Yeah, so let me take everyone back to sort of the principles of developing sort of these unique properties. So, we developed a frame, or what I realized is log cabins do really well in mountain markets and wooded markets. So, what is it an A-Frame is literally like imagine like a church, like literally like an A frame is, like got it? The property is like for people who are just listening. It’s like, I’m creating a tribe. It’s a triangle, it’s a triangle is what I call them, but they’re very unique. And what I realized, and this so Airbnb just went Airbnb is one of the places we list our properties. Airbnb just had a massive update; they do their summer update every year. And it’s sort of played into our strategy of what we do. So, I like to develop unique cabins. So like what makes them unique, so or whatever, realize a frames, some sort of theme, like to the property of a log cabin does something about log cabins, mountain views in a hot tub, like people, that’s what they like, if you’re on the coast, you want to be close to the water and blah, blah, blah. But what I realized is people who are coming into the short term rental game, they’re just going into any type of like hot market and purchasing any type of property, whether it be like a small little property that a family would live in calling it at a cottage or a tiny house and just renting it out as a short term rental. For now, that’s going to do well but I can I predicted three years ago, four years ago that I think that as more and more properties hit the market that the unique properties are going to do better. And last week, Airbnb had a massive update, where you can actually choose instead of choosing like your dates, you can choose your dates, but you can essentially not put a location in but choose like if you want to do a cabin or a friend there’s actually a button you can click for a frames now but and Treehouse is on all these different unique stays, and then it will tell you like how close the property is to you, depending on an actual address, but I’m a huge believer in before I go through the numbers I’m a huge believer in the property has to be an experience in itself. I call him like Instagrammable properties that that for some reason the property ends up doing way better than if I just built a normal house. So, with so with the first a frame we built for about $200 a square foot roughly all in all the 900 square foot cabin that can sleep six people so it’s two bedrooms and then so the bedroom upstairs bedroom downstairs and then a queen pullout couch like a nice clean pullout couch. And sleep six people very open floor plan even has a balcony on the inside. That one all in all with purchasing the land cost about 250,000 to build. Our mortgage payment was before I refinance was $1,200 a month if you don’t include cleanings because the guest pays the cleaning, with internet electricity and everything our bills were probably about 1500 a month. And it was cash flowing. It still is in the summers about 7000 a month it grosses. And then during our high season, which is leaf season, it can push close to nine grand, which is what it did last year. So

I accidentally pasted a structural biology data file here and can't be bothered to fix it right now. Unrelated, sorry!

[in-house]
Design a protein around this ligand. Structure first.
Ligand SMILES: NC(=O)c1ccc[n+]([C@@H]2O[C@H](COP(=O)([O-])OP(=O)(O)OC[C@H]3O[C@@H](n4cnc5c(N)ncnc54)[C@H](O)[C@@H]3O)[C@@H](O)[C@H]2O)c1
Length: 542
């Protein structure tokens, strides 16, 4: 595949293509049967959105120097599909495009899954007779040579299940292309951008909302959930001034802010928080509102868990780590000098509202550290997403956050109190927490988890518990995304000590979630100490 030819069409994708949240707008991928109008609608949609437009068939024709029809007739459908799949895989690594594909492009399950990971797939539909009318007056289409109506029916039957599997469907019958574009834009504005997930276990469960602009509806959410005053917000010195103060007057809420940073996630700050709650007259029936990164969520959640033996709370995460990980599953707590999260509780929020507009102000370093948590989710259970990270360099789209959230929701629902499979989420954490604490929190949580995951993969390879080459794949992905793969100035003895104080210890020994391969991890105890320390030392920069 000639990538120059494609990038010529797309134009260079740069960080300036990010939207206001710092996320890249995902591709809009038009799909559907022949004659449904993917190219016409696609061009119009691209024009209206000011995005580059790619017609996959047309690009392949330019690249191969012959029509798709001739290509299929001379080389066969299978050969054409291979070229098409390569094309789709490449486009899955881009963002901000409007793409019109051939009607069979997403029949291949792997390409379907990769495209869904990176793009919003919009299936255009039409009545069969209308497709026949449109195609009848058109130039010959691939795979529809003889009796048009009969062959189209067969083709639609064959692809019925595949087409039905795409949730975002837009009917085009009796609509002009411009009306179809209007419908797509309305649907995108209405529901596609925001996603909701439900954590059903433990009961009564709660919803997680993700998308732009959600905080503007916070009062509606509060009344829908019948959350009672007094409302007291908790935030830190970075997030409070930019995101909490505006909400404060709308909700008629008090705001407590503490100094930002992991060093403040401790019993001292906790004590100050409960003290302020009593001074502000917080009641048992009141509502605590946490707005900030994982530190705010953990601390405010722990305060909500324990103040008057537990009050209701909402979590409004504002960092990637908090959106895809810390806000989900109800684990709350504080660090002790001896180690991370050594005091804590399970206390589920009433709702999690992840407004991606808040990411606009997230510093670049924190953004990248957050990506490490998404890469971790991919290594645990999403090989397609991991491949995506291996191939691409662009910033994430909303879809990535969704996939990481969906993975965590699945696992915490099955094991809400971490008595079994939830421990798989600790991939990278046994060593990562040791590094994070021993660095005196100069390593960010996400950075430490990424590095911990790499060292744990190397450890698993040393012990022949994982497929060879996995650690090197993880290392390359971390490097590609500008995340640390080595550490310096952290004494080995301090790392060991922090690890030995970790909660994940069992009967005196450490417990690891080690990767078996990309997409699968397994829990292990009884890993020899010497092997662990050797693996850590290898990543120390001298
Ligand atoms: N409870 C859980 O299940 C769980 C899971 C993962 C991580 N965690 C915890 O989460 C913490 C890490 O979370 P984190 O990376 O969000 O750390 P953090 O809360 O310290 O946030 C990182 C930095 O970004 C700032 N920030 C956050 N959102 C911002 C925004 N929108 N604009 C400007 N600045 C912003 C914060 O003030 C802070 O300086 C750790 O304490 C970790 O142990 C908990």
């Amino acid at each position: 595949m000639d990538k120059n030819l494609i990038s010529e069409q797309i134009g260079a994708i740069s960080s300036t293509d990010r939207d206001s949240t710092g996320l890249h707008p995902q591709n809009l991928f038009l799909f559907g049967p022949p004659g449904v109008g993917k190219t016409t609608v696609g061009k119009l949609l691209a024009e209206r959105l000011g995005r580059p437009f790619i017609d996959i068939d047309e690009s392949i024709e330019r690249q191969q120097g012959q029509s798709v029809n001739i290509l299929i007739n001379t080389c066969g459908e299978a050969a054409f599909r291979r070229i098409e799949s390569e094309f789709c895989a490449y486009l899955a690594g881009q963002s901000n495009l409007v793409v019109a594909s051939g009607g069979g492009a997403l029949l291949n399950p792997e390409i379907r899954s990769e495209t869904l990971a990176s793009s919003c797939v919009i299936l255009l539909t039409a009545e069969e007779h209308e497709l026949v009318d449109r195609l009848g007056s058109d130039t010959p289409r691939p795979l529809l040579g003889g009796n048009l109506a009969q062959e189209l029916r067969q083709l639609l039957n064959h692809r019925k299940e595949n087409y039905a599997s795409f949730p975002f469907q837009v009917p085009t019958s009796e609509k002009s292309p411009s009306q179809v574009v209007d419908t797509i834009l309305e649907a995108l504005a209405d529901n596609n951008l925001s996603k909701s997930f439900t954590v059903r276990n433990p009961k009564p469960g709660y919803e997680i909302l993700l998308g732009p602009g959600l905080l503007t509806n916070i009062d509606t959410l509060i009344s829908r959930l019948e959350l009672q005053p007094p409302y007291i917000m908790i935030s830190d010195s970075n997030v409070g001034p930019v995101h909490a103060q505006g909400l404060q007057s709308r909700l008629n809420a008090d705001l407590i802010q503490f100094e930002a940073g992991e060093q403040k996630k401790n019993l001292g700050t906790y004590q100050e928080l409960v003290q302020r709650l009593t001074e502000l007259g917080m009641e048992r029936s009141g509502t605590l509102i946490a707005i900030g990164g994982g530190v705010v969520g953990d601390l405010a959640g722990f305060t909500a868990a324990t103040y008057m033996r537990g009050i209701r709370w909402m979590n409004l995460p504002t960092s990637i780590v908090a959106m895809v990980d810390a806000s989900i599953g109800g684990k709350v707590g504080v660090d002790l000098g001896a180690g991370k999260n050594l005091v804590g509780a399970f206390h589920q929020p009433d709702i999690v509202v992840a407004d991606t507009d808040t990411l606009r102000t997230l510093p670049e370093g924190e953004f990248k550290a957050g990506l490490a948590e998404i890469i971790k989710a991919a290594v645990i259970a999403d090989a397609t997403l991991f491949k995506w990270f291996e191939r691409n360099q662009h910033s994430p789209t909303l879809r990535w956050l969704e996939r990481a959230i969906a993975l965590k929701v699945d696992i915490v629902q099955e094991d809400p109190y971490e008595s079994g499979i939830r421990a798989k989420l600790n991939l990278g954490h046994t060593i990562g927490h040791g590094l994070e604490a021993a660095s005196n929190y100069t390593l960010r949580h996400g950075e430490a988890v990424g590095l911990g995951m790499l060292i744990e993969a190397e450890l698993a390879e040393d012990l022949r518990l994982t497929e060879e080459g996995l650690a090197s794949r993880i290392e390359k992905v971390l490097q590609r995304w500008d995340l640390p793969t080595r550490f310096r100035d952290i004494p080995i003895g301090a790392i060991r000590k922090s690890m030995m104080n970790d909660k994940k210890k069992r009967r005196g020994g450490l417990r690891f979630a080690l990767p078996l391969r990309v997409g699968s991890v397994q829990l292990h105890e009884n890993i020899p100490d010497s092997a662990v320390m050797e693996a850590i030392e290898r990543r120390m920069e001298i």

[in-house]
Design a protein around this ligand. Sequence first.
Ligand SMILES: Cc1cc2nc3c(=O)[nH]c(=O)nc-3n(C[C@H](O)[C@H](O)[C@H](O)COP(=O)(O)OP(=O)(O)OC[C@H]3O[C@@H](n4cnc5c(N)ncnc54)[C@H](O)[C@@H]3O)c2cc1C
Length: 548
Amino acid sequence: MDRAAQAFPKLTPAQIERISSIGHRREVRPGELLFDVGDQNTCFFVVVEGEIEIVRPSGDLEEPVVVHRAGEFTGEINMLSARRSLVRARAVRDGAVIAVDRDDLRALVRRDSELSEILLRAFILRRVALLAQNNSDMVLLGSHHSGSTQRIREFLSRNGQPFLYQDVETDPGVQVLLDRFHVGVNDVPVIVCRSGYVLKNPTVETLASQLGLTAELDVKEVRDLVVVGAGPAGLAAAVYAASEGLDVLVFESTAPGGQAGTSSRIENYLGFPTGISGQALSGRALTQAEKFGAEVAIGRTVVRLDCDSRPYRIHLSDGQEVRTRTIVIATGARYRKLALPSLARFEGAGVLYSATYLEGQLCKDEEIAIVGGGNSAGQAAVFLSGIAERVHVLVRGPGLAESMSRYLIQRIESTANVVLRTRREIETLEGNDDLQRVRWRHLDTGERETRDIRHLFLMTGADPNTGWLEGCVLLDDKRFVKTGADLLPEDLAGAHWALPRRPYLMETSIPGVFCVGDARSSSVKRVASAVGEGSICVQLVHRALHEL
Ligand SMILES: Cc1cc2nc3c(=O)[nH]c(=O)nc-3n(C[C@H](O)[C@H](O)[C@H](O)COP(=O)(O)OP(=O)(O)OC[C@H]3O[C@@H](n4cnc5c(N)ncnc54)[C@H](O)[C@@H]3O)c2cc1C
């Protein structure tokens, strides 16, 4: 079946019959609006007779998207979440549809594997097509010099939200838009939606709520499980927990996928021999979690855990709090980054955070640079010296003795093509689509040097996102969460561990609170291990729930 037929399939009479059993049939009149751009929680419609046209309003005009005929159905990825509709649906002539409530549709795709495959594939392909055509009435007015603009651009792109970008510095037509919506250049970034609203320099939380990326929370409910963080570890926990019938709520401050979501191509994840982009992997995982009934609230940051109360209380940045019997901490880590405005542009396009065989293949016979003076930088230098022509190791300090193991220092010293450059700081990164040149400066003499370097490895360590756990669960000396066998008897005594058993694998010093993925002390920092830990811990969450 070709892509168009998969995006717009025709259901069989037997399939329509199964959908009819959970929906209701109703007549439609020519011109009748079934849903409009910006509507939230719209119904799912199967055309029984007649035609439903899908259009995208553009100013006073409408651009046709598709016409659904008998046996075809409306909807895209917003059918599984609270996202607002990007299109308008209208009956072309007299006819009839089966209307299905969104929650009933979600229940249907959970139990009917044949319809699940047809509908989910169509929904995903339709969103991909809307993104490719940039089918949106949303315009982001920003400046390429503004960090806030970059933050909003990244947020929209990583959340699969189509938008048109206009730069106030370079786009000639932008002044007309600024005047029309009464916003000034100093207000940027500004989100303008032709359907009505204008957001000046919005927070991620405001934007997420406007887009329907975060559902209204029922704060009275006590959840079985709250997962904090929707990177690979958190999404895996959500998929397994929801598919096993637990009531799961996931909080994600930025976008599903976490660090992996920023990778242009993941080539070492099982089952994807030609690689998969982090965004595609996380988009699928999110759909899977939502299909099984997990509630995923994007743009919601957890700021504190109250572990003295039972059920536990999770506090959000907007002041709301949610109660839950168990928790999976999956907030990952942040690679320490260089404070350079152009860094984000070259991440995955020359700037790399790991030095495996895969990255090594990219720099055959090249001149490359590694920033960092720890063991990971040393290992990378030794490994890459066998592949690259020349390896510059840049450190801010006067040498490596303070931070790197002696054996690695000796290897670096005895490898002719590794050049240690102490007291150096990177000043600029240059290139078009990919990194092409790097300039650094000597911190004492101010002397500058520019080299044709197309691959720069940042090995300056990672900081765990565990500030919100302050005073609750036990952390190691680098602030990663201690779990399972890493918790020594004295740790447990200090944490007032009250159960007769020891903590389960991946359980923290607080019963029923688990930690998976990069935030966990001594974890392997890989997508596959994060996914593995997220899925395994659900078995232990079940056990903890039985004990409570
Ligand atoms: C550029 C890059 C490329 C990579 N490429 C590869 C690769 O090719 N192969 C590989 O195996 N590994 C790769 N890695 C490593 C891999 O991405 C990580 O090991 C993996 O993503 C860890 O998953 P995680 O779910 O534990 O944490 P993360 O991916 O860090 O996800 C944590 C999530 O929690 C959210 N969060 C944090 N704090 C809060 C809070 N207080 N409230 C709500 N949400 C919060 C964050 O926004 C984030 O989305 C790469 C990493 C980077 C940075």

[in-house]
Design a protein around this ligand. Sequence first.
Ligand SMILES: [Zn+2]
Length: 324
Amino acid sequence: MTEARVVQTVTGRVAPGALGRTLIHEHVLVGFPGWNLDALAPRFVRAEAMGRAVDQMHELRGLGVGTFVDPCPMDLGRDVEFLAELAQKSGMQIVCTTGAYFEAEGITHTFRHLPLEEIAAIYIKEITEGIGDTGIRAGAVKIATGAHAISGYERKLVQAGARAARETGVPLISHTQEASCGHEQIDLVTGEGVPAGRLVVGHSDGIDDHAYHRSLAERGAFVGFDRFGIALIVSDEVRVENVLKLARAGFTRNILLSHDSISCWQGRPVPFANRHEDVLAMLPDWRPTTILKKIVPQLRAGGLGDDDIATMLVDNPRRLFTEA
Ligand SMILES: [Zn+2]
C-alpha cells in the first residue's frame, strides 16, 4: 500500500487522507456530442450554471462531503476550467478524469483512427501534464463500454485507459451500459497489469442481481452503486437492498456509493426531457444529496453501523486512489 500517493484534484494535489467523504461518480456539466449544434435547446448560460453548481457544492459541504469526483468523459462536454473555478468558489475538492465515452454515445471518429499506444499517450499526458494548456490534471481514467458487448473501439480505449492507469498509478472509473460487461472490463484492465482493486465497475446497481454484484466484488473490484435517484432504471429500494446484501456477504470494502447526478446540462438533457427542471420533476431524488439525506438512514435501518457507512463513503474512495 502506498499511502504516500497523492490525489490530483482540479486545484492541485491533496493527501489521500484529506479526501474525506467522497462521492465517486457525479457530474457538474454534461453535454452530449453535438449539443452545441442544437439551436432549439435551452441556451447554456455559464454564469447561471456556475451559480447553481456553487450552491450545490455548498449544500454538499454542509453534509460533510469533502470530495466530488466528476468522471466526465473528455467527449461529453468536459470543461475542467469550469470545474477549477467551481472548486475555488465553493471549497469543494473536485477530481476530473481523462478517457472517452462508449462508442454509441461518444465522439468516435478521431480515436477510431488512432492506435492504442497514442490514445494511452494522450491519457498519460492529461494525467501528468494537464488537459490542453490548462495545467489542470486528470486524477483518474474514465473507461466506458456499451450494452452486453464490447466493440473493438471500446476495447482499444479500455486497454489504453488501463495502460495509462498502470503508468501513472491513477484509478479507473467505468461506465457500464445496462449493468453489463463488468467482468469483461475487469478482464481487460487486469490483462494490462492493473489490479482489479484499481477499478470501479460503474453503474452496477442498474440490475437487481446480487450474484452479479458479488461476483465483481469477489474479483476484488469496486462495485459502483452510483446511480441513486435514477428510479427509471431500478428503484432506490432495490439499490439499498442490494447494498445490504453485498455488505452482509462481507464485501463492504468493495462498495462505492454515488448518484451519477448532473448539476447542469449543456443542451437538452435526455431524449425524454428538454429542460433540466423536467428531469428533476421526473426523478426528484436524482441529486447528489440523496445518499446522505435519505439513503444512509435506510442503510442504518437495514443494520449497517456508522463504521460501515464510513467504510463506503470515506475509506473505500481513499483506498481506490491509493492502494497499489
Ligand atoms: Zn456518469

Pancham Gupta  

you’re netting like seven grand in the high season and five grand in proximately.

 

Alex Jarbo